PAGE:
It’s been quite a month for Micah Richards: a couple of good games for England, a new contract offer from Manchester City and a chorus of unwavering approval from every sports desk in the land. A certain level of ubiquity is nothing new: Ashley Cole, David Beckham and Rio Ferdinand have all had the treatment in recent times. What makes Richards’ case unusual is the papers are saying nice things about him.
There has been an almost supernatural reverence for his physique. Bobby Robson in the Mail on Sunday marvelled that “it’s almost impossible to explain how high Micah can jump and how long he manages to stay up there”. Pictures displaying his rippling musculature have also been in plentiful supply: Gym Didn’t Fix It For Micah, purred the Daily Mirror, in a froth over his “incredible physique”. Micah pecs appeal, agreed the Daily Star, revealing that “his rippling physique is one of the most impressive in the game and has got the girl fans swooning”.
Not to mention middle-aged sports writers. In the Daily Mail, Paul Hayward wrote a fevered piece envisaging Richards “mastering Holland’s dream of Total Football”, marvelling at his qualities of “sturdy, rugged and quick-witted... velocity and dexterity” that “Sir Stanley Matthews himself would have approved of”. “He exudes a kind of joy,” Hayward concluded, tearfully. “In those moments, the game becomes a fairground ride.”
Blimey. What’s going on? Nice as it is to read anyone saying something good about a footballer, we may be witnessing the early stages here of a classic build-’em-up-then-eventually-get-bored-and-knock-’em-down exercise. Richards is certainly at a rare stage in his career: young, English, talented and as yet unbesmirched by anything unsavoury. Crucially, he plays for a club happy for him to talk to the papers, something he’s happy to do with an unvarnished naivety. “Micah Richards has told Gary Neville: I’ve done enough to keep your shirt,” blared the Sun, on the back of the comment: “I am not just here because someone is injured, I am here to make a mark.”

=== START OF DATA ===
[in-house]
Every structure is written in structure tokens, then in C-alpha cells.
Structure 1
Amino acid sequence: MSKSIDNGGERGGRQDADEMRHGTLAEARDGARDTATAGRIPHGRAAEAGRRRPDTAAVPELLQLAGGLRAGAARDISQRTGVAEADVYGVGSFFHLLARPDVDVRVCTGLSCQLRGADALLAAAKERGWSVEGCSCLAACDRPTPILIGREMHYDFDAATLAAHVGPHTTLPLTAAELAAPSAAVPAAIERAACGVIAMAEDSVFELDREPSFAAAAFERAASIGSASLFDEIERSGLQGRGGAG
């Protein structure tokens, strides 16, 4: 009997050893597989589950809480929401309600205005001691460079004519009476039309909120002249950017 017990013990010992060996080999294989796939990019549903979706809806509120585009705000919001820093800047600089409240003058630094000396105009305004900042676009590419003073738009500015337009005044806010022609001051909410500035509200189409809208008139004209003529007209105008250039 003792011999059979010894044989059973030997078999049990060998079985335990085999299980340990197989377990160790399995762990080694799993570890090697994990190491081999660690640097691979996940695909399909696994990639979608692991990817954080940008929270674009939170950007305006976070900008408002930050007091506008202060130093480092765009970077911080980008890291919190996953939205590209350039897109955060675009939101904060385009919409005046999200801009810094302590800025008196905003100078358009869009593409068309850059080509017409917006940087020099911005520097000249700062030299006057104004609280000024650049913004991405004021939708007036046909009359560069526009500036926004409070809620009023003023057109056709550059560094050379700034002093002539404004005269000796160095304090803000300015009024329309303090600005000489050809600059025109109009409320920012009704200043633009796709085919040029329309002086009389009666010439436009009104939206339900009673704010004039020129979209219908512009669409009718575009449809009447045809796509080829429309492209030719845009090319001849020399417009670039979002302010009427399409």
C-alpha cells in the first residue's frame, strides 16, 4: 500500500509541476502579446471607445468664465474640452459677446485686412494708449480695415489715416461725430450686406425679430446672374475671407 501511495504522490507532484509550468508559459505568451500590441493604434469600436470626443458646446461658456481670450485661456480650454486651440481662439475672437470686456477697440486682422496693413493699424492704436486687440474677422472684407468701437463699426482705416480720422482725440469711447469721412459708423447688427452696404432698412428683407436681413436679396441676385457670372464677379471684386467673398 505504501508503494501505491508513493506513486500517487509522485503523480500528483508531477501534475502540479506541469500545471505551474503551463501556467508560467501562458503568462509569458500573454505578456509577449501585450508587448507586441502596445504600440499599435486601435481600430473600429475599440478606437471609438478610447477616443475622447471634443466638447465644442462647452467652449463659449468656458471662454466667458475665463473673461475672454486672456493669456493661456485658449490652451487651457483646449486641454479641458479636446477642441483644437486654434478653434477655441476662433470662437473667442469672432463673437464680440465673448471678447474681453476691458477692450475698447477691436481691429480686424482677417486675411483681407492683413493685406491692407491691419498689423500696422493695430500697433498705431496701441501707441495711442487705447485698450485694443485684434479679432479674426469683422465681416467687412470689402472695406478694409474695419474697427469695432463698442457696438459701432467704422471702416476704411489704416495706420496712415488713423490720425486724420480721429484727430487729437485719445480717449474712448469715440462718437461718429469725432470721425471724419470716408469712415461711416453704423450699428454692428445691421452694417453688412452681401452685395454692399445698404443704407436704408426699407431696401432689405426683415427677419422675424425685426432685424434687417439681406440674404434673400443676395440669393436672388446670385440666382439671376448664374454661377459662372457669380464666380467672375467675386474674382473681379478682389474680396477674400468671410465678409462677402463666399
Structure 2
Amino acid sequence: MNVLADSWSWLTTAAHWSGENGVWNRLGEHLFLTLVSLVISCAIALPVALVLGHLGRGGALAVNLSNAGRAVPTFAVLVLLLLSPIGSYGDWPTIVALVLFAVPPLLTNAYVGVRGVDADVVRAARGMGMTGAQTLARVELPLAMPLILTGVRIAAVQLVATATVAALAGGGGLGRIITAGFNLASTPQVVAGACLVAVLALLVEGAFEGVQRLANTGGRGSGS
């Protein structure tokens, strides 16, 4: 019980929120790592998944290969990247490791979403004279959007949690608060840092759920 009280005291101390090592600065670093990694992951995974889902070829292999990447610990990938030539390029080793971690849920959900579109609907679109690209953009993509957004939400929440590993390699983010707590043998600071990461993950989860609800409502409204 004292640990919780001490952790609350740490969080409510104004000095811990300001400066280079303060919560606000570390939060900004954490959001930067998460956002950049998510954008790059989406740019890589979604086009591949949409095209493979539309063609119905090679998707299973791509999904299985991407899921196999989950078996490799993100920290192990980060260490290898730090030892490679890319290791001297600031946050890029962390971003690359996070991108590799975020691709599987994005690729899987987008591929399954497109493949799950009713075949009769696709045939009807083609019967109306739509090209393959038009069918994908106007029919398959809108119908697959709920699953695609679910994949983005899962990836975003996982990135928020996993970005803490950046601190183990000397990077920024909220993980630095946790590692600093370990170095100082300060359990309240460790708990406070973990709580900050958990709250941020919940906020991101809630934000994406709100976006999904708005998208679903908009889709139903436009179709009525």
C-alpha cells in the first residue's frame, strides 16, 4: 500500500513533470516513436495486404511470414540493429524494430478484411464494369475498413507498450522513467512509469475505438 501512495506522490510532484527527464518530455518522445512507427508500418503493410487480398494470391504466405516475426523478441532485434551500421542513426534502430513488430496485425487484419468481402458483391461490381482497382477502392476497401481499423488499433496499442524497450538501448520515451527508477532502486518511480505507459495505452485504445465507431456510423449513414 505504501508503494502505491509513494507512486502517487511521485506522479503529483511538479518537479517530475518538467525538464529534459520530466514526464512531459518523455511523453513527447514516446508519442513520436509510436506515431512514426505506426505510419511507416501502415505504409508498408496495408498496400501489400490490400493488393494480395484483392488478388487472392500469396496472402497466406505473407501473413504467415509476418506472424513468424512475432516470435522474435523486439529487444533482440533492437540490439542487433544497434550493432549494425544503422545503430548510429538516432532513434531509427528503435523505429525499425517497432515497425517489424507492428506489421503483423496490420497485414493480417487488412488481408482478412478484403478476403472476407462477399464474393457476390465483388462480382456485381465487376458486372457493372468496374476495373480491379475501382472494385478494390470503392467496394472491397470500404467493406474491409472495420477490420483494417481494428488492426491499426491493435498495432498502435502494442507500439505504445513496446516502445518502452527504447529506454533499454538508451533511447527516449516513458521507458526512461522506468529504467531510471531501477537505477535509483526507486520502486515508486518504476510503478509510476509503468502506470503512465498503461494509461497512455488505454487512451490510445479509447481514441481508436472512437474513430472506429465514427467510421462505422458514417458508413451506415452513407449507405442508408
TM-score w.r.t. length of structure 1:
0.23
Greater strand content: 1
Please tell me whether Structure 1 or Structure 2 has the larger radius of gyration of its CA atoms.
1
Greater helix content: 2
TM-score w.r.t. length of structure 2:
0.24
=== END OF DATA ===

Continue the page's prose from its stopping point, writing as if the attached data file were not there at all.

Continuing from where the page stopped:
This sense that Richards is in some way unspoilt and redeemingly virginal seems to be central to his appeal. Some have chosen to represent him as a human riposte to England’s more familiar names, a broom with which to sweep away some of the tired old dead wood: “[With] the splendidly robust Micah Richards marauding down that right wing... the Gary Neville-Beckham old pals’ act could soon be consigned to history,” the Evening Standard mused hopefully.
His father, Lincoln, is in Africa working with underprivileged youngsters. So in the Guardian, Kevin McCarra, after noting that “the physical attributes are... impeccable”, hoped that “perhaps Richards’ career will be kept in balance by the understanding that there is life beyond the money-drenched football of the Premier League”.
Yes. Perhaps. But then, perhaps not, too. This is a rather weighty burden to place on the – admittedly rippling – shoulders of a nice young man who has shown he can play a bit. Will it last? More important, is it fair? The press needs heroes almost as much as it needs villains and it isn’t hard to see why so many have struck the same slightly giddy note. Will any residue of the current – frankly unrealistic – levels of goodwill linger when he moves to another, bigger club where he’s not so ready to talk; or when, as seems inevitable, he gets up to a spot of youthful high jinks, or gets sent off for stamping on Robbie Savage. “He is always smiling when he comes in, he has no problems in the world,” Sven‑Göran Eriksson told the People this month. Long may this continue.
From WSC 249 November 2007